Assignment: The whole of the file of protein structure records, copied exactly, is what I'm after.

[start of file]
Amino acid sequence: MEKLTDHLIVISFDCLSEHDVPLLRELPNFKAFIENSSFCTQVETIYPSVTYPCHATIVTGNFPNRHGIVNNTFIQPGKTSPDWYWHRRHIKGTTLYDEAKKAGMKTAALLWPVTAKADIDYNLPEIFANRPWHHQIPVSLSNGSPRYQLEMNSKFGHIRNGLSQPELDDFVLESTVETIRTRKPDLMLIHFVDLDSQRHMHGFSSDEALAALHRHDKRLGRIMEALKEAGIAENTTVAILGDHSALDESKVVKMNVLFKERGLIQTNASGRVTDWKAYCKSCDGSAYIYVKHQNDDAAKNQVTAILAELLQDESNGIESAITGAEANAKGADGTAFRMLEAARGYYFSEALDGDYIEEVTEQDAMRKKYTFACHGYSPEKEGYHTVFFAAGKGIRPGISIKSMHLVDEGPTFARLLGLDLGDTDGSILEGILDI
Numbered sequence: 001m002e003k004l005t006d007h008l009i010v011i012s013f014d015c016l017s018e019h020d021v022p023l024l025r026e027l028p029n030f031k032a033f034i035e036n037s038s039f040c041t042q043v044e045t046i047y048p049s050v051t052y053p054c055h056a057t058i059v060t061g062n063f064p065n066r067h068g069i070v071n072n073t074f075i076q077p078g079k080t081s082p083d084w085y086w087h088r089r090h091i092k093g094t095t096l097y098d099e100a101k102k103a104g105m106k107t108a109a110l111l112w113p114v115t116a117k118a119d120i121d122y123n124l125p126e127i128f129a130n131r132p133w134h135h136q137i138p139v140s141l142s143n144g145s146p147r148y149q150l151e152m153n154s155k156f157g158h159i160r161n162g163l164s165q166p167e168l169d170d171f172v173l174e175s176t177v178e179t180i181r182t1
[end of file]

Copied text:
Amino acid sequence: MEKLTDHLIVISFDCLSEHDVPLLRELPNFKAFIENSSFCTQVETIYPSVTYPCHATIVTGNFPNRHGIVNNTFIQPGKTSPDWYWHRRHIKGTTLYDEAKKAGMKTAALLWPVTAKADIDYNLPEIFANRPWHHQIPVSLSNGSPRYQLEMNSKFGHIRNGLSQPELDDFVLESTVETIRTRKPDLMLIHFVDLDSQRHMHGFSSDEALAALHRHDKRLGRIMEALKEAGIAENTTVAILGDHSALDESKVVKMNVLFKERGLIQTNASGRVTDWKAYCKSCDGSAYIYVKHQNDDAAKNQVTAILAELLQDESNGIESAITGAEANAKGADGTAFRMLEAARGYYFSEALDGDYIEEVTEQDAMRKKYTFACHGYSPEKEGYHTVFFAAGKGIRPGISIKSMHLVDEGPTFARLLGLDLGDTDGSILEGILDI
Numbered sequence: 001m002e003k004l005t006d007h008l009i010v011i012s013f014d015c016l017s018e019h020d021v022p023l024l025r026e027l028p029n030f031k032a033f034i035e036n037s038s039f040c041t042q043v044e045t046i047y048p049s050v051t052y053p054c055h056a057t058i059v060t061g062n063f064p065n066r067h068g069i070v071n072n073t074f075i076q077p078g079k080t081s082p083d084w085y086w087h088r089r090h091i092k093g094t095t096l097y098d099e100a101k102k103a104g105m106k107t108a109a110l111l112w113p114v115t116a117k118a119d120i121d122y123n124l125p126e127i128f129a130n131r132p133w134h135h136q137i138p139v140s141l142s143n144g145s146p147r148y149q150l151e152m153n154s155k156f157g158h159i160r161n162g163l164s165q166p167e168l169d170d171f172v173l174e175s176t177v178e179t180i181r182t1